But trouble followed the tapestry. Belinda began seeing the weird monks following her. When a priest offered to help Belinda learn the origins of the tapestry, he turned up mutilated in the same way as the owner of Kidbrooke House. That convinced Belinda that there was a connection between the murders and the tapestry. It also convinced her that it must be authentic if someone was willing to kill over it. The further Belinda searched, the more involved she became in strange happenings. Then, Hazel disappeared.

The author has worked in the film industry for many years. His editing credits include: The Chant of Jimmie Blacksmith, Odd Angry Shot, The Devil's Playground, Long Weekend, and Sex is a Four-letter Word. He was awarded a Lifetime Achievement Award and an Australian Film Institute Award for Best Editing for Frog Dreaming.
This is the book that you just cannot put down until you have read every page. The characters are believable and will work their way into your heart. The storyline flows smoothly and logically. The action starts immediately and never lets up. It is 231 pages of suspense! The ending brings everything to a logical conclusion and returns the characters to a point of stasis. If you love history or a good mystery, you must read this book!

Alicia Karen Elkins,

Belinda is back and it’s still murder, but at who’s cost this time.

I’m caught between reviews here.  I started “The Embroidered Corpse” immediately after writing my review of Belinda’s first mystery “Capable of Murder” which is the best way to read any series…no waiting period between tales.  However, I can’t tell you who joins Belinda this time around without giving away clues to “Capable of Murder.”

What I will tell you is some characters do survive book one to “The Embroidered Corpse” and they, together with Belinda, are a delicious mix of uniquely diverse individuals.  And, once more, Mr. Kavanagh murders with surprising twists of victims.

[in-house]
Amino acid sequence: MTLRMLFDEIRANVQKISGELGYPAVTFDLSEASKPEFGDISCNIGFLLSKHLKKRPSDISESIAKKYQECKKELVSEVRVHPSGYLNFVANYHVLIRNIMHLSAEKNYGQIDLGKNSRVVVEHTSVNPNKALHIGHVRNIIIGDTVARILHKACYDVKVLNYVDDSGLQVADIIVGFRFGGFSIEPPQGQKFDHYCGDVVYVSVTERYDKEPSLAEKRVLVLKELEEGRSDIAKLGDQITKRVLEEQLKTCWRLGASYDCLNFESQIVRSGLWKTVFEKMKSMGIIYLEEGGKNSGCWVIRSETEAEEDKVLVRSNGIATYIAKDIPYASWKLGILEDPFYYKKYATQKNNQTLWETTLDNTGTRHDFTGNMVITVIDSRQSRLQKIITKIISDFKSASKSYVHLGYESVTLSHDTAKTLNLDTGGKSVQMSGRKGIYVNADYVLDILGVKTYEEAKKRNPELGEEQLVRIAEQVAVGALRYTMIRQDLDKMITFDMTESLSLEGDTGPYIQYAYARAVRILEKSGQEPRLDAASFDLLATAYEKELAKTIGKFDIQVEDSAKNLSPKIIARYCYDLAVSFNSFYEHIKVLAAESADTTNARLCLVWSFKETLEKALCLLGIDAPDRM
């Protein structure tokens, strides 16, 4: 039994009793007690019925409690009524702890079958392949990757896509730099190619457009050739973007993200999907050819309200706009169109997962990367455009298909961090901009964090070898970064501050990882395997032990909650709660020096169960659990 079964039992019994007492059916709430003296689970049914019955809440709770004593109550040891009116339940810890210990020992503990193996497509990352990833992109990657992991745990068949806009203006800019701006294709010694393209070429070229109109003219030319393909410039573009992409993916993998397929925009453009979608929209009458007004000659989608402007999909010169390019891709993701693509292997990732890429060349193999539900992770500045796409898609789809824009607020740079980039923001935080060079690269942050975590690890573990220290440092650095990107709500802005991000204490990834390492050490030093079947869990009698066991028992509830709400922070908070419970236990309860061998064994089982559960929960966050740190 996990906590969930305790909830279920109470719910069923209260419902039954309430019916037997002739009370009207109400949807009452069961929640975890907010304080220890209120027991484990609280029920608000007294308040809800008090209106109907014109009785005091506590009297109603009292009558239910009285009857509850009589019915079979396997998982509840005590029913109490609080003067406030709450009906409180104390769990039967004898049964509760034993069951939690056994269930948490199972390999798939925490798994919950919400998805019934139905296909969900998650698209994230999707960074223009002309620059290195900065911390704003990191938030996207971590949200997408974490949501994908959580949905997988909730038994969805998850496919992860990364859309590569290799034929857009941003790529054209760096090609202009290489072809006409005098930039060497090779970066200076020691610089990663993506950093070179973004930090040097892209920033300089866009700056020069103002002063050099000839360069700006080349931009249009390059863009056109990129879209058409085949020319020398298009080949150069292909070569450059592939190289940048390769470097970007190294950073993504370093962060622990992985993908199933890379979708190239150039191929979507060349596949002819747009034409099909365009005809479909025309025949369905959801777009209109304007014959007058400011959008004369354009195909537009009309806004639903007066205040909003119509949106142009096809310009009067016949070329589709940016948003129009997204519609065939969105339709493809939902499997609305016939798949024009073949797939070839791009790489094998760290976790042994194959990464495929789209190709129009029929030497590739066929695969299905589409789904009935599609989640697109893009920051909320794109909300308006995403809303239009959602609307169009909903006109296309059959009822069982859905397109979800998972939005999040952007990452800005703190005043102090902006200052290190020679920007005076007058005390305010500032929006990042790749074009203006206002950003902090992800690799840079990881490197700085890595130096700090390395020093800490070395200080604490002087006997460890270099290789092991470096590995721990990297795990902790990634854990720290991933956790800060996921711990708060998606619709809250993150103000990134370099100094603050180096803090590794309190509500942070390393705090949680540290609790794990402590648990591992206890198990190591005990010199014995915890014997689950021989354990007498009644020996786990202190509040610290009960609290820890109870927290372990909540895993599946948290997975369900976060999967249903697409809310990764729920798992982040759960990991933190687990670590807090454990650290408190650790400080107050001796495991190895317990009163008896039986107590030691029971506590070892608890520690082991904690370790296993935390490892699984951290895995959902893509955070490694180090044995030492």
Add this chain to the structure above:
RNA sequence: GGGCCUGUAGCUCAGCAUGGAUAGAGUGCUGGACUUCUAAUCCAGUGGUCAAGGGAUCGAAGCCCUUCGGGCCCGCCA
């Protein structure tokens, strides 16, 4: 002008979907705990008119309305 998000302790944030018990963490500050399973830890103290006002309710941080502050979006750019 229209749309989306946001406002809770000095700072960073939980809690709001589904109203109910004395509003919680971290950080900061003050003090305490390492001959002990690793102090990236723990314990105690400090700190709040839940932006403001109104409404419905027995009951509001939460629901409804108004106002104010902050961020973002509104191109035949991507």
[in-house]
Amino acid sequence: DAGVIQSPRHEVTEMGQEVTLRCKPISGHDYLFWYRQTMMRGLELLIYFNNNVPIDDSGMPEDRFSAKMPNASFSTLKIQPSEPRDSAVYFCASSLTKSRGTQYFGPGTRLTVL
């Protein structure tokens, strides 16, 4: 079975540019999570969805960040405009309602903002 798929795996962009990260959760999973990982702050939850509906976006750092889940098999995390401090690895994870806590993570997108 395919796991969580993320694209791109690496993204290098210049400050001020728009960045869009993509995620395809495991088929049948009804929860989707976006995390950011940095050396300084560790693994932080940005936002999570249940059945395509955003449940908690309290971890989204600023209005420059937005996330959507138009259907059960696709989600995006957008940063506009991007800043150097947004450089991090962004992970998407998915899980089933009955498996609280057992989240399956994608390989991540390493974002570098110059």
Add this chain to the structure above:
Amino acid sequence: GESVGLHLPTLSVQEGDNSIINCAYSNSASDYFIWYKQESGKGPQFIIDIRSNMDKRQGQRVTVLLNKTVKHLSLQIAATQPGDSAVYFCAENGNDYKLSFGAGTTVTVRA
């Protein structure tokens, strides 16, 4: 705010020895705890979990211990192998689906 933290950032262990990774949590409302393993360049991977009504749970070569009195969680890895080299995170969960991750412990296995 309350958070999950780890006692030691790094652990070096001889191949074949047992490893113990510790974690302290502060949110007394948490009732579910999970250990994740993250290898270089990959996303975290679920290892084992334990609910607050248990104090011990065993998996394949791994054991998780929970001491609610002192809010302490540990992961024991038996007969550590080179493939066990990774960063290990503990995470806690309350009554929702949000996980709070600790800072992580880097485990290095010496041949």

Belinda and company are caught in the history of a mediaeval English King and the tapestry that may or may not solve an ancient mystery.  How Belinda finds herself in these mixes is truly a giggle.  I, sometimes, feel as if I’ve discovered a grown up version of the Enid Blyton series “The Famous Five.”  And, I do hope Mr. Kavanagh takes this as the compliment it’s meant…I searched all of Scotland for her books after foolishly giving them away as a teen. 

What is it that has me matching these two authors?  It is how they incorporate the landscape and buildings around the characters almost as separate characters.  Both add dimension and pacing to the story telling.  They add a flavour to each scene’s mood.

Another aspect of Mr. Kavanagh’s writing is the historical knowledge he peppers throughout the story.  Never does this information dampen the telling, it only enhances the thrill of the solving. 

Currently, I am reading Belinda’s third adventure (“Bloody Ham”) and, once again, I’m lost in Mr. Kavanagh’s world.

Thank you, Mr. Kavanagh.

Christine I Speakman, The Muse Book Reviews, 4 out of 4 roses